At the time of this writing, the engine idles pretty much flawlessly and tweaking some cells in the VE Table improved reving somewhat before I fumbled. Don’t ask me how, but I loaded and burned a previously saved msq file when I was switching back and forth between MegaTune and TunerStudioMS. I had done that a few times earlier, but I must have clicked ‘Yes’ to the question. At least it’s not like starting COMPLETELY over.
There are a couple of things going on that do not seem right. Most troubling is very flakey signals from the O2 sensor. It mostly stays pegged at 5 volts (or AFR 21.9, depending on which gauge you’re looking at), but will occasionally scatter like a crazy monkey. It was working well earlier in the day, at least returning believable numbers. Wiring looks good. I will try to locate or replace the programming cable and verify that the LC-1 is programmed correctly.
With essentially no O2 sensor, I’m tuning kinda blind and my nose says it’s rich at idle and my ears say that it leans out around 4000 RPM. Right before I shut down for the evening, I made a log file of a short run.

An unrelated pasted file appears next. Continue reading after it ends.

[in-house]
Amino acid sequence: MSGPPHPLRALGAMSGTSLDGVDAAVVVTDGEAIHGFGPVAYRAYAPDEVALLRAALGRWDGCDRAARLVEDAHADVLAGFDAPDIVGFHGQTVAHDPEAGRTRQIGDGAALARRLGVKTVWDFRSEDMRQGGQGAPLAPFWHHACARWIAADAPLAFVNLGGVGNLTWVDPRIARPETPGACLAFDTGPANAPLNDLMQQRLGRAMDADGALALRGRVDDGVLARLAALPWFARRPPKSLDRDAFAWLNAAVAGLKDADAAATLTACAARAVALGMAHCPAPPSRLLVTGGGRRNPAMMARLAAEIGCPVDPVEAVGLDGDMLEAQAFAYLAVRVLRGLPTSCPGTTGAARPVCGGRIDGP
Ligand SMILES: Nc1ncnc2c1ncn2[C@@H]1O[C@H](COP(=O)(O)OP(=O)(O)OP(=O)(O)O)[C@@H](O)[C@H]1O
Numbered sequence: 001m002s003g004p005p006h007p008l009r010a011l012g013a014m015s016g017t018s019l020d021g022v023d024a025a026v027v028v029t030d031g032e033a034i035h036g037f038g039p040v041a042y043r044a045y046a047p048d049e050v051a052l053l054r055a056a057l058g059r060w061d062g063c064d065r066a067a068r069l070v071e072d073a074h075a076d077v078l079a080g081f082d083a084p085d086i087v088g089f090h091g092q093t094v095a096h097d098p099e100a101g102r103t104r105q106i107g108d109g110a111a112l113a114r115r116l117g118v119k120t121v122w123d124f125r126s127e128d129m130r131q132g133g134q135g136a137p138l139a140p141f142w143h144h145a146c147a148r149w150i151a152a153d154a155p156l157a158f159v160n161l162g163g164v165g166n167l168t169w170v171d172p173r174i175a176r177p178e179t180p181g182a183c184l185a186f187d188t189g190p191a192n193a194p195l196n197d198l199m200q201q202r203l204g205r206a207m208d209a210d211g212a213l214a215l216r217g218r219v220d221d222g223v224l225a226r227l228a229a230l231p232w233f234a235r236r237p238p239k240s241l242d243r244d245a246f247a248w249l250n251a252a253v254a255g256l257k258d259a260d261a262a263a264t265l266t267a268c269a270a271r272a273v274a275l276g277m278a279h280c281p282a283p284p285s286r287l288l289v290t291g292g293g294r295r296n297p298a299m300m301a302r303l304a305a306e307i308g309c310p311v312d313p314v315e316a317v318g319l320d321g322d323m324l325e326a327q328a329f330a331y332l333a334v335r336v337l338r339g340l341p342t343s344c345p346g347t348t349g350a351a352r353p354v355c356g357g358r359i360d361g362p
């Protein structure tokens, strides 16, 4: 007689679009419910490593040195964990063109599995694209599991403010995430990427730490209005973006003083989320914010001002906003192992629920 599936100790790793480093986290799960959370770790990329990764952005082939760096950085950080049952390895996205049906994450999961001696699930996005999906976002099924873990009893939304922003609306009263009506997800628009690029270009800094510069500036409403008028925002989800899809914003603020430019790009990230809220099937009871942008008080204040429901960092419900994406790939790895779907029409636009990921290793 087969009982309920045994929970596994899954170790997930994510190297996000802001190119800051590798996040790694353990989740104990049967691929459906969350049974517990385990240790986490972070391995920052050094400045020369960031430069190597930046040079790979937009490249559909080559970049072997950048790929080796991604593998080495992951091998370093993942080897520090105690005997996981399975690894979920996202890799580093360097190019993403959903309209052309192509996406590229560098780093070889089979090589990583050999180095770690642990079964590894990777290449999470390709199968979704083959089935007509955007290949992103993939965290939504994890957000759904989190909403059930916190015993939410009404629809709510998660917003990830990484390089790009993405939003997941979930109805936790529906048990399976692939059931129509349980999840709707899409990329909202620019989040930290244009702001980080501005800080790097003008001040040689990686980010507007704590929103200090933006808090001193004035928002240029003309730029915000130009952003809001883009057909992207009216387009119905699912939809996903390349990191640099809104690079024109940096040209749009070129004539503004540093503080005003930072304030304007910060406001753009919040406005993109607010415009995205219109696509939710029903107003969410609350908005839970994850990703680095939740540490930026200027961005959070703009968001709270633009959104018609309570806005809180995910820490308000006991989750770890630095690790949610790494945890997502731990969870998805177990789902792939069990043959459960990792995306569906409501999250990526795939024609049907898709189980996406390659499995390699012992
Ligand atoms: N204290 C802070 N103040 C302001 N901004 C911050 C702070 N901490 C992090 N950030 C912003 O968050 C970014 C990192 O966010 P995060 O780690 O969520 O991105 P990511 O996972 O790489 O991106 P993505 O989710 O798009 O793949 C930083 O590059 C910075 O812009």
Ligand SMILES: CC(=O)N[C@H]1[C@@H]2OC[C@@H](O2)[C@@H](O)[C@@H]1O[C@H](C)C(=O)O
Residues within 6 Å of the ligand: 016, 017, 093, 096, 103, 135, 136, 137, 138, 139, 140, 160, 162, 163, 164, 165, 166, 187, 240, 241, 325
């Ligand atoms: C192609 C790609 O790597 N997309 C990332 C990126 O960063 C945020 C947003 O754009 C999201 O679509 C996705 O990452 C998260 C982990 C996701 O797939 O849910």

The first thing that was less obvious in MegaTune is a pulsing 5 KPa swing in Map at idle. This pulse occurs 6 or 7 times in most logged seconds, which corresponds with the expected vacuum pulses at idle. My vacuum signal is from one TB, which feeds two cylinders. (850 rpm / 2 cylinders) / 60 seconds per minute = 7 pulses per second. I recall a mention of such pulsing making tuning difficult and a damper made by restricting the vacuum signal slightly and following the restriction with some kind of accumulator, such as a clean, dry fuel filter. I will implement such an accumulator.
In the mean time, I will continue analysing the log file.
In a more entertaining note, it’s interesting to see single isolated MAP readings of 159 or so, which I presume correspond to backfires. Early in the first start process, when it was beginning to have a useful amount of fuel but was still too lean to run, I had a few spectacular backfires. One of them actually popped one side of the throttle body out of its rubber boot!